The Saddest Sea Creatures in the World Feast on Floating Trash

In the Great Pacific Garbage Patch, a new paper reports, barnacles end up eating tiny pieces of our discarded plastic.
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Barnacles that have not, to our knowledge, feasted on plastic trash (Shutterstock/Tetyana Moshchenko)

In the middle of the Pacific Ocean, halfway between North America and Asia, there is a stretch of sea—roughly the size of Texas—that is officially known as the North Pacific Subtropical Gyre. More commonly, it is known as the Great Pacific Garbage Patch. It is essentially a swirl of trash, the drifting detritus of human existence, that ocean currents have accumulated into one massive, trashy expanse. The gyre is home not only to floating junk, but also to sea creatures that are adapting—because they can and because they must—to its membrane of human refuse. 

Back in 2009, the marine biologist Miriam Goldstein traveled to the gyre to study the species making a go of it in among the maritime muck. In the process, Goldstein collected samples of those species, among them gooseneck barnacles—creatures that are, Goldstein explains, "essentially a little shrimp living upside down in a shell and eating with their feet." The organisms, unlike some other barnacle species, have a stalk that is long and muscular.

Goldstein preserved the barnacles she collected, and kept them preserved (yep, from gyre to jar) for several years. She asked a colleague working in the gyre in 2012 to collect more. She recently processed the samples

I'll let Goldstein, writing about her work in Deep Sea News, take it from here

Eventually I found myself in the lab dissecting barnacles in order to identify them. As I sat there, I thought “Well, I’m working on these barnacles anyway – wonder what they’re eating?” So I pulled out the intestine of the barnacle I was working on, cut it open, and a bright blue piece of plastic popped out.

Yep. Blue plastic, inside the creature's intestine. "I reached into my jar o’ dead barnacles and dissected a few more," Goldstein continues, "and found plastic in their guts as well." 

Goldstein and a colleague, Deborah Goodwin, ultimately dissected 385 barnacles. And about a third of them (33.5 percent) had tiny pieces of plastic in their guts. Most of those organisms had eaten "just a few particles," Goldstein notes, "but we found a few that were absolutely filled with plastic, to a maximum of 30 particles, which is a lot of plastic in an animal that is just a couple inches long." 

They analyzed the plastic, as well, and determined that it was generally representative of the microscopic plastic that floats on the ocean surface within the gyre. (It was a combination, the pair note in the paper they published about the finding, of polyethylene, polypropylene, and, less commonly, polystyrene.) Which would suggest, Goldstein notes, that "the barnacles are probably just grabbing whatever they come across and shoving it into their mouths."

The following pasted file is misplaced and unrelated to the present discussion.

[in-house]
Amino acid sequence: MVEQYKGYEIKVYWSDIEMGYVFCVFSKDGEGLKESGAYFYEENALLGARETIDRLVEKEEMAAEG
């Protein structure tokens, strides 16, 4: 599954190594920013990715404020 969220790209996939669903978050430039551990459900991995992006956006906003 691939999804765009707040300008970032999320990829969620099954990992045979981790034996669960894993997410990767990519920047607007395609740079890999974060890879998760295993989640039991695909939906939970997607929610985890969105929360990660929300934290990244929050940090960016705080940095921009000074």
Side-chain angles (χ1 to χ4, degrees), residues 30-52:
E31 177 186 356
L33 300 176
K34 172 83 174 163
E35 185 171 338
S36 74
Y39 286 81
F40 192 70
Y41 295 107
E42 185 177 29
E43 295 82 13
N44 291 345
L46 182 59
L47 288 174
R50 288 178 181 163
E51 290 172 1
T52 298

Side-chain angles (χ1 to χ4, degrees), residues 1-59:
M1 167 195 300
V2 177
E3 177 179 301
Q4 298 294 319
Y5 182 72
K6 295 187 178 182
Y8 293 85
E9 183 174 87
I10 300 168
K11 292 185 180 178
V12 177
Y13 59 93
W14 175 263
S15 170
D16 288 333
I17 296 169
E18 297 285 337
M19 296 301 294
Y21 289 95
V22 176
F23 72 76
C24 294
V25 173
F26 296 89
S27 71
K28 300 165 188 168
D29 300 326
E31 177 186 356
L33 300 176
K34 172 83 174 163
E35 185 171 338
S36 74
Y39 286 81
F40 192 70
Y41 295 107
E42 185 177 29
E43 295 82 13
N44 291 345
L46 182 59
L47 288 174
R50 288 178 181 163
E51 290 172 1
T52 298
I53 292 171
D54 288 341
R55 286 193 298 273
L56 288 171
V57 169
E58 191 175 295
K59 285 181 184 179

(A) A dense aggregation of Lepas spp. barnacles growing on a buoy and attached line, collected in October 2012. (B) Basic anatomy of Lepas denoting the capitulum, which includes the body and its enclosing plates, and the peduncle, the muscular stalk that attaches the barnacle to the substrate. (C) Microplastic ingested by an individual barnacle. (PeerJ)

So this is where our trash—our soda bottles, our coffee cups, our kids-meal toys—can end up when it breaks down: inside the intestines of hungry, and unsuspecting, sea creatures. In some sense, Goldstein notes, it's entirely logical that gooseneck barnacles would be eating plastic. "They are really hardy, able to live on nearly any floating surface from buoys to turtles, so they’re very common in the high-plastic areas of the gyre." Plus, "they live right at the surface, where tiny pieces of buoyant plastic float." Not to mention the fact that "they’re extremely non-picky eaters that will shove anything they can grab into their mouth."

Goldstein notes that the amount of plastic found in her samples is likely not fully representative of the amount of plastic the barnacles actually consume. They probably eat much more plastic than their preserved digestive tracks indicate. ("Barnacles are perfectly capable of pooping out plastic—I observed plastic packaged up in fecal pellets, ready to be excreted the next time the barnacle had access to a couple minutes and a magazine—so it is very likely that more barnacles are eating plastic than we were able to measure.") And one piece of good news, Goldstein and Goodwin note in their paper, is that the plastic particles didn't seem to block the barnacles' stomachs or intestines.

That leads to another concern, though. Since barnacles are small, and since goosenecks are eaten by larger predators like sea slugs and crabs, does that mean that the creatures are introducing plastic into the food chain? Are there traces of trash in our Chicken of the Sea? 

Not to worry, Goldstein says. "Fish don’t seem that interested in barnacles," she notes, "maybe because those fish didn’t evolve with a ton of floating debris." While, yes, it's possible that the barnacles' ingestion of plastic particles could transfer plastic or pollutants through the food web, "it is far from clear this is the case." Then again, a 2006 study estimated that at least 267 marine species had ingested trash—and these included mammals, birds, turtles, and fish. So the barnacles aren't alone in their decidedly unfancy feast. 

Via Ed Yong

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Megan Garber is a staff writer at The Atlantic. She was formerly an assistant editor at the Nieman Journalism Lab, where she wrote about innovations in the media.

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